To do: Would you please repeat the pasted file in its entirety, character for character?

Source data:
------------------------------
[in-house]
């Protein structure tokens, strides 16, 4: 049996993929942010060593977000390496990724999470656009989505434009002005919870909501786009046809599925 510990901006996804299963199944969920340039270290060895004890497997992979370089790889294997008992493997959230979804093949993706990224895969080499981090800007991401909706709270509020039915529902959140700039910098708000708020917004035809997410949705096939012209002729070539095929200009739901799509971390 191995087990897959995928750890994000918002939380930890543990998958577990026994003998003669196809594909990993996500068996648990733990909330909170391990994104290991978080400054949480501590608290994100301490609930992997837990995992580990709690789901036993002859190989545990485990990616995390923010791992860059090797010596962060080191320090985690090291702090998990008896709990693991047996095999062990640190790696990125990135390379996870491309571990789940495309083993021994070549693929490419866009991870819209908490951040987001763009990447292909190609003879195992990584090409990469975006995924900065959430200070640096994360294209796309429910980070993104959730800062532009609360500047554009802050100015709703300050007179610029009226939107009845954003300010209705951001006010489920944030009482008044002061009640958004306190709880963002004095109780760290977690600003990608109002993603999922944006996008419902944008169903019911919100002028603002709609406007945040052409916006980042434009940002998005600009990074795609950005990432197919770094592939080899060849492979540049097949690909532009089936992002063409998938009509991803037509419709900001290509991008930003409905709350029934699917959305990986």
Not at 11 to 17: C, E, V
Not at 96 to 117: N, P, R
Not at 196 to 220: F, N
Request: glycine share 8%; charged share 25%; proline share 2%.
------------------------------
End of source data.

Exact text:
[in-house]
């Protein structure tokens, strides 16, 4: 049996993929942010060593977000390496990724999470656009989505434009002005919870909501786009046809599925 510990901006996804299963199944969920340039270290060895004890497997992979370089790889294997008992493997959230979804093949993706990224895969080499981090800007991401909706709270509020039915529902959140700039910098708000708020917004035809997410949705096939012209002729070539095929200009739901799509971390 191995087990897959995928750890994000918002939380930890543990998958577990026994003998003669196809594909990993996500068996648990733990909330909170391990994104290991978080400054949480501590608290994100301490609930992997837990995992580990709690789901036993002859190989545990485990990616995390923010791992860059090797010596962060080191320090985690090291702090998990008896709990693991047996095999062990640190790696990125990135390379996870491309571990789940495309083993021994070549693929490419866009991870819209908490951040987001763009990447292909190609003879195992990584090409990469975006995924900065959430200070640096994360294209796309429910980070993104959730800062532009609360500047554009802050100015709703300050007179610029009226939107009845954003300010209705951001006010489920944030009482008044002061009640958004306190709880963002004095109780760290977690600003990608109002993603999922944006996008419902944008169903019911919100002028603002709609406007945040052409916006980042434009940002998005600009990074795609950005990432197919770094592939080899060849492979540049097949690909532009089936992002063409998938009509991803037509419709900001290509991008930003409905709350029934699917959305990986």
Not at 11 to 17: C, E, V
Not at 96 to 117: N, P, R
Not at 196 to 220: F, N
Request: glycine share 8%; charged share 25%; proline share 2%.